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SwissSIMS Winterschool in Lausanne

by Akbar Huseynov

Last week, I attended the SwissSIMS winterschool in Lausanne to learn more about the SIMS approach, which I plan to use for my research project. In this blog post, I will describe its working principle, sample preparation, and disadvantages.

Lausanne-Flon, Switzerland (photo taken by : Akbar Huseynov)

Secondary Ion Mass Spectrometry is a technique that is used for the examination of surfaces and thin films. SIMS is an abbreviation for this technique. In order for it to operate, a sample is first subjected to an onslaught of primary ions, which subsequently dislodge secondary ions off the surface of the sample. After that, the mass spectrometer is used to examine these secondary ions in order to identify their composition as well as the chemical composition of the sample.


It is the mission of the Swiss Society for Mass Spectrometry (SwissSIMS), an organization known simply as SwissSIMS, to encourage the application of mass spectrometry and other methods of analysis in Switzerland. “SwissSIMS winterschool” event that took place in Lausanne which is the center on the application of SIMS and other mass spectrometry techniques in the terms of both research and industry. On the other hand, the events consist of lectures and presentations given by specialists in the subject, hands-on training and workshops, chances for networking and collaboration, and other related activities. The content of the program is most likely center on the application of mass spectrometry and other related techniques, with a particular emphasis on secondary ion mass spectrometry (SIMS) and the applications it can be used for. It has the potential to be an excellent chance for participants to gain knowledge about the most recent advancements in the industry, enhance their skill sets, and network with other researchers and professionals working in the field of mass spectrometry.

SIMS Lab (University of Lausanne) – photo taken by Akbar Huseynov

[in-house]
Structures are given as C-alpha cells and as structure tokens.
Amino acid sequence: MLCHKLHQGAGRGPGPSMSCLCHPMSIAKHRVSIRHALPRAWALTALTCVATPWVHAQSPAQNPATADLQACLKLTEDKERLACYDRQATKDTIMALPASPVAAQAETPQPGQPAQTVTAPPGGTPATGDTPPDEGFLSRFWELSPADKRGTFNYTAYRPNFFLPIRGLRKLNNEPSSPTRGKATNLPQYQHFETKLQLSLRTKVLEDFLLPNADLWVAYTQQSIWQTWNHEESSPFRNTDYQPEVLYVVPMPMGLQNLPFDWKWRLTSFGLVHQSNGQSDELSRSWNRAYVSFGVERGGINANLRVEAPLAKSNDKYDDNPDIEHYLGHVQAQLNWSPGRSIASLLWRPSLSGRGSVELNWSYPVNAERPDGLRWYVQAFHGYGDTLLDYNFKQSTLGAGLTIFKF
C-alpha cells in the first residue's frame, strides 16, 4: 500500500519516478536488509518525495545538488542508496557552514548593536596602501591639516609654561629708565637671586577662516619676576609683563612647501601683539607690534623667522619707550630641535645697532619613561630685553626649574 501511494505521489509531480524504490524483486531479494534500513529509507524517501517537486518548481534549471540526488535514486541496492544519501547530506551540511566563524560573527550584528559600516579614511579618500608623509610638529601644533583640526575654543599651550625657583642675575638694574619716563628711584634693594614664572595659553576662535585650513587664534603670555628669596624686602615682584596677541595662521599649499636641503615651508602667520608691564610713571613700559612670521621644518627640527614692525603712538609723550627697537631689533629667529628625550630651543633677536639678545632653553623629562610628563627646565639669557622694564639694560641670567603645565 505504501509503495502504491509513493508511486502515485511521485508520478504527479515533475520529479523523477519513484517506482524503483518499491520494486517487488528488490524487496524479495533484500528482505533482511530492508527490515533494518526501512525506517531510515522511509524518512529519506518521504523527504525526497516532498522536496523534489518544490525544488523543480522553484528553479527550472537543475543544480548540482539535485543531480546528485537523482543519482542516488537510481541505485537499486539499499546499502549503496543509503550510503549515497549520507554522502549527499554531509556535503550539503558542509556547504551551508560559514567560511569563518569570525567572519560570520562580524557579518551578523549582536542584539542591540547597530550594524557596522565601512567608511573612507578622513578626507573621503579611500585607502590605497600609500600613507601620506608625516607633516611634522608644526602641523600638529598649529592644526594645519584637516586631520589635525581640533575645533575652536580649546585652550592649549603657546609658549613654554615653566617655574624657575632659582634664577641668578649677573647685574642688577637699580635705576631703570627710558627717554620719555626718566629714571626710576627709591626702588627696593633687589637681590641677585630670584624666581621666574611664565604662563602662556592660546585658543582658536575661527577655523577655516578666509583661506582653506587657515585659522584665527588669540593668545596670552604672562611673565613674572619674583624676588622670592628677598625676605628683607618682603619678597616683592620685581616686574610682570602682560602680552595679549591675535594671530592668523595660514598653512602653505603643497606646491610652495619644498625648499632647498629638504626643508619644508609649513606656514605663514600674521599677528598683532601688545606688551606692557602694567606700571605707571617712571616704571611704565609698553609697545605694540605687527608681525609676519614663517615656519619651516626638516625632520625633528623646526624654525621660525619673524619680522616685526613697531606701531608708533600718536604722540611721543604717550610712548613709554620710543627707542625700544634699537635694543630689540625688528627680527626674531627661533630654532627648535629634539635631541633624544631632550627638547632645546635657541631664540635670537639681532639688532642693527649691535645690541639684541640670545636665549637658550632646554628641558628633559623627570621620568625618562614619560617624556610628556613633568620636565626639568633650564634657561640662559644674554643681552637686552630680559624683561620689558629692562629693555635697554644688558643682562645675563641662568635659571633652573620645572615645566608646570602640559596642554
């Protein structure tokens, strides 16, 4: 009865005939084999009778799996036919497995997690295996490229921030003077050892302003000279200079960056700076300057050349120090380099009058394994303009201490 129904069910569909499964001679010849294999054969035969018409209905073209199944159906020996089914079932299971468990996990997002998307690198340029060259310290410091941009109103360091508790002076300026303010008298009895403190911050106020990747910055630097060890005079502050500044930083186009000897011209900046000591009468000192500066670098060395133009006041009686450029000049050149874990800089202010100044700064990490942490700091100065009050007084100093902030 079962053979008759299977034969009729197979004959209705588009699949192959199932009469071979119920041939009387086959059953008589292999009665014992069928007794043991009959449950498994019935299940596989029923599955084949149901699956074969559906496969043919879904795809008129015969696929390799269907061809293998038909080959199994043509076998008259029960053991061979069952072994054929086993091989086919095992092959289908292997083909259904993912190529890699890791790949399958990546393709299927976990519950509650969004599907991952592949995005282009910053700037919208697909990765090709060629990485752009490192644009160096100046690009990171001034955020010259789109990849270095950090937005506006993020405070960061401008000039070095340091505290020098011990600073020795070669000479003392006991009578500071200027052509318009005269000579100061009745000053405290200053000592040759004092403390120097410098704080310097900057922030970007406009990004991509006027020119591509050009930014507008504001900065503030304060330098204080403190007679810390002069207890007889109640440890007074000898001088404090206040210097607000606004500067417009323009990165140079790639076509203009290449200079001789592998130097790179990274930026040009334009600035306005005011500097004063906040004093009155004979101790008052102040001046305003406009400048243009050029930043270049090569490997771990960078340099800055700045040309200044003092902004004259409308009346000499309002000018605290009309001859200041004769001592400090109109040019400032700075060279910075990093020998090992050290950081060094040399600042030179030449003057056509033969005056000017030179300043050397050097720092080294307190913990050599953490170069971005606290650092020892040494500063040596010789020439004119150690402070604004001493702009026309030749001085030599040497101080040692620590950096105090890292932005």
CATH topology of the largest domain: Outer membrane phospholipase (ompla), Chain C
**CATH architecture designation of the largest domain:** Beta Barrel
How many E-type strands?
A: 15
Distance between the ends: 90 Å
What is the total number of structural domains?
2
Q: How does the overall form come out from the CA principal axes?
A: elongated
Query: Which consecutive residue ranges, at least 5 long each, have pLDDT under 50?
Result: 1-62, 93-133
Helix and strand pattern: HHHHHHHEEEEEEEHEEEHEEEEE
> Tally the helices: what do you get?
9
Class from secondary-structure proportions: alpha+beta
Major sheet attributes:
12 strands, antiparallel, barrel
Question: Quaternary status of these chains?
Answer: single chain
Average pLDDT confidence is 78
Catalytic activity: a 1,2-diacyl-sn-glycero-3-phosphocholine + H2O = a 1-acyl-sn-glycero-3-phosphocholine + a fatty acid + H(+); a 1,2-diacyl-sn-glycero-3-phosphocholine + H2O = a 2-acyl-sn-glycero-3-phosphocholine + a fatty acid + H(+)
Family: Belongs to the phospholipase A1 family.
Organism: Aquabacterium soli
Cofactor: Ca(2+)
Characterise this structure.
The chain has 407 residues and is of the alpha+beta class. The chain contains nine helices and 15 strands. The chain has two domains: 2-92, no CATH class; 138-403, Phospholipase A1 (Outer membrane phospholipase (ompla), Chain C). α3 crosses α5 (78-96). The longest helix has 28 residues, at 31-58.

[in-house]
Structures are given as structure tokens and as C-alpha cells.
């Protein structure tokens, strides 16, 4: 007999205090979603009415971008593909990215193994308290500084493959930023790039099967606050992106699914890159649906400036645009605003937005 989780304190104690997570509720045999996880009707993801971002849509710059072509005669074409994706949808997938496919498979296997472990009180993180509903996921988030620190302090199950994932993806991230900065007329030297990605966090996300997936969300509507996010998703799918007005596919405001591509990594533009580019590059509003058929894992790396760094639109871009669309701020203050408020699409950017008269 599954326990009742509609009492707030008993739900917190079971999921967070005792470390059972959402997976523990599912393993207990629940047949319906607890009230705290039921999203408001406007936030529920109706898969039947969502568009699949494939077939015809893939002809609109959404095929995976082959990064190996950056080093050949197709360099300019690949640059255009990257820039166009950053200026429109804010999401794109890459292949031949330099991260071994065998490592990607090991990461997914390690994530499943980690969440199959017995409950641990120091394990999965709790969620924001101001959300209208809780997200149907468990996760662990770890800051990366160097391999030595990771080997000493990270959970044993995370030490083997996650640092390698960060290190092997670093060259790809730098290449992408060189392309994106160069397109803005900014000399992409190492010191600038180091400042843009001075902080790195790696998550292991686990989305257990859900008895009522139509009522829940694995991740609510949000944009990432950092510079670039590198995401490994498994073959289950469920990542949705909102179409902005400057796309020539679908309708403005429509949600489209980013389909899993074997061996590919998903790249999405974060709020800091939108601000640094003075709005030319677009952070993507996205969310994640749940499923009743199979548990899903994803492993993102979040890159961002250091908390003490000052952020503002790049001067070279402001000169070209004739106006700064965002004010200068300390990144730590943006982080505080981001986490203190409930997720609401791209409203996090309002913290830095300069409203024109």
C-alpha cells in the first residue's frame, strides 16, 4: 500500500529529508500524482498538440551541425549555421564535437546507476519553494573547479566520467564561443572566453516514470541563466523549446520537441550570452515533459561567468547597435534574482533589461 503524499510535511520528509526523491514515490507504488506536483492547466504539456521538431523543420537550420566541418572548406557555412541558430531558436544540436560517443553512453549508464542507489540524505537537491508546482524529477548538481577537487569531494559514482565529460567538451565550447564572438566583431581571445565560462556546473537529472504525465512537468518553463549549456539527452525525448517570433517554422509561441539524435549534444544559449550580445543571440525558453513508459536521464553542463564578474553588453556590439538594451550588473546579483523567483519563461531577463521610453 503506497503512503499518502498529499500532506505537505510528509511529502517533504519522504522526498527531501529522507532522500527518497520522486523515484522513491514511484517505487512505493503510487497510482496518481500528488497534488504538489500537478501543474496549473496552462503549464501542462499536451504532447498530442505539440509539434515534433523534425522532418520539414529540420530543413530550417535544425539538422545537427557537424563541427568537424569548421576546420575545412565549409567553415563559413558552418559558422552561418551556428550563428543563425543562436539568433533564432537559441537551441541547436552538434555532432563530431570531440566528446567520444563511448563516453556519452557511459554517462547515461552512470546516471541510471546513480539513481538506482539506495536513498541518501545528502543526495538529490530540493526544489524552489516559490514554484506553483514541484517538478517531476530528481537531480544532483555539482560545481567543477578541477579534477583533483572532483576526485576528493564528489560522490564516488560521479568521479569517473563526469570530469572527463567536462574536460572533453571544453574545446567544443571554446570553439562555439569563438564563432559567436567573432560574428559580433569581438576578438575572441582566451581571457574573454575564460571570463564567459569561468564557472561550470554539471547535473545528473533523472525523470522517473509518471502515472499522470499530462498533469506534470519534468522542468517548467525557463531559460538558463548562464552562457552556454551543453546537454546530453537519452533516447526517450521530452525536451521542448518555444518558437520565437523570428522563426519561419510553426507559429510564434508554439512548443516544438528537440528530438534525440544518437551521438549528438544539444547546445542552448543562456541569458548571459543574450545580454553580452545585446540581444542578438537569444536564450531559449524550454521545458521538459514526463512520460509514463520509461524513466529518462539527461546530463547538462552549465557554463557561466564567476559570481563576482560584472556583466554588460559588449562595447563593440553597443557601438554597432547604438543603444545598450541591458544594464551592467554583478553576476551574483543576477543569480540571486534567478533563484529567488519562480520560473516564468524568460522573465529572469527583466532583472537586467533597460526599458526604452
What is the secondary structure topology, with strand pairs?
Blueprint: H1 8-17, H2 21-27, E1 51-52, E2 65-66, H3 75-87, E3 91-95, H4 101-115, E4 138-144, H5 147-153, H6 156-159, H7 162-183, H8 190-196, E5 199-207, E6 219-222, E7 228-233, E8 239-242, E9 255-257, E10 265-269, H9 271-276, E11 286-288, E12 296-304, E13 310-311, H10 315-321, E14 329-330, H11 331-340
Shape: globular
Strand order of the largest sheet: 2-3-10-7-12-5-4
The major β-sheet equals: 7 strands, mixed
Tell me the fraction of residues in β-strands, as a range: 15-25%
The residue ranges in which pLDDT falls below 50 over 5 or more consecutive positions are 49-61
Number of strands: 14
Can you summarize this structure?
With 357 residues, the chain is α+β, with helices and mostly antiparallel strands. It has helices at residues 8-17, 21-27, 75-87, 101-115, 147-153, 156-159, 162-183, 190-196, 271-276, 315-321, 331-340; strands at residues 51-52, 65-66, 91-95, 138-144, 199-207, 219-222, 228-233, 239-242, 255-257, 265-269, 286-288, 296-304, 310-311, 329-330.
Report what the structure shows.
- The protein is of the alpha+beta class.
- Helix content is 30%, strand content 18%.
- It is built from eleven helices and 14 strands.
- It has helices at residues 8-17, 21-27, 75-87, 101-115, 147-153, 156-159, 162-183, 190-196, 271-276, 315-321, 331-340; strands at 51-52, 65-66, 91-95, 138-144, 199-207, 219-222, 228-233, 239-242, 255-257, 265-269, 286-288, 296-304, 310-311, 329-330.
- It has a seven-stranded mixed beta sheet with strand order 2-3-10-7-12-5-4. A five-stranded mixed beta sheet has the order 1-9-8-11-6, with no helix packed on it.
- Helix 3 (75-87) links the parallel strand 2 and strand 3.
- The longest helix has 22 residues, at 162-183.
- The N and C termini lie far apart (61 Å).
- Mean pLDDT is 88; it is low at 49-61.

The principle of operation of SIMS

The operation of Secondary Ion Mass Spectrometry (SIMS) is predicated on the primary ion beam sputtering a surface. Primary ions dislodge secondary ions from the sample’s surface, which are subsequently examined by a mass spectrometer to identify their chemical composition and sample’s chemical makeup.

The process begins by bombarding the sample surface with a primary beam of ions, typically with a high kinetic energy. The primary ions collide with the atoms in the sample, causing them to be ejected from the surface. These ejected atoms are known as secondary ions. The secondary ions are then extracted from the sample chamber and focused into a mass spectrometer where they are analyzed.

Principle of SIMS; Ref: Anne-Sophie Bouvier SwissSIMS – Introduction to SIMS

The mass spectrometer separates the ions based on their mass-to-charge ratio, allowing the determination of their chemical identity. This information can be used to create a chemical map of the surface, providing information on the composition and distribution of elements and compounds present on the surface.

The SIMS technique can be used to analyze a wide range of samples, including inorganic materials, biological samples, and thin films. It is particularly useful for the analysis of trace amounts of elements and compounds, and for the characterization of surfaces at the atomic scale.

Primary Ion Source of SIMS

The primary ion source is a key component of Secondary Ion Mass Spectrometry (SIMS) instrumentation. It is responsible for generating the primary ion beam that is used to sputter the sample surface and produce secondary ions for analysis.

There are several types of primary ion sources that can be used in SIMS, each with its own advantages and disadvantages. Some examples include:

  1. Gas field ionization (GFI) sources: These sources use a high voltage electric field to ionize a gas, such as argon or neon, and extract the ions to form the primary beam. GFI sources can produce highly focused beams with a high current density, but they have a relatively low ionization efficiency.
  2. Thermal ionization sources: These sources use a filament, heated by an electric current, to vaporize a metal, such as cesium or gold, which is then ionized to produce the primary beam. Thermal ionization sources have a high ionization efficiency and can produce intense beams, but they are relatively bulky and may not be suitable for all samples.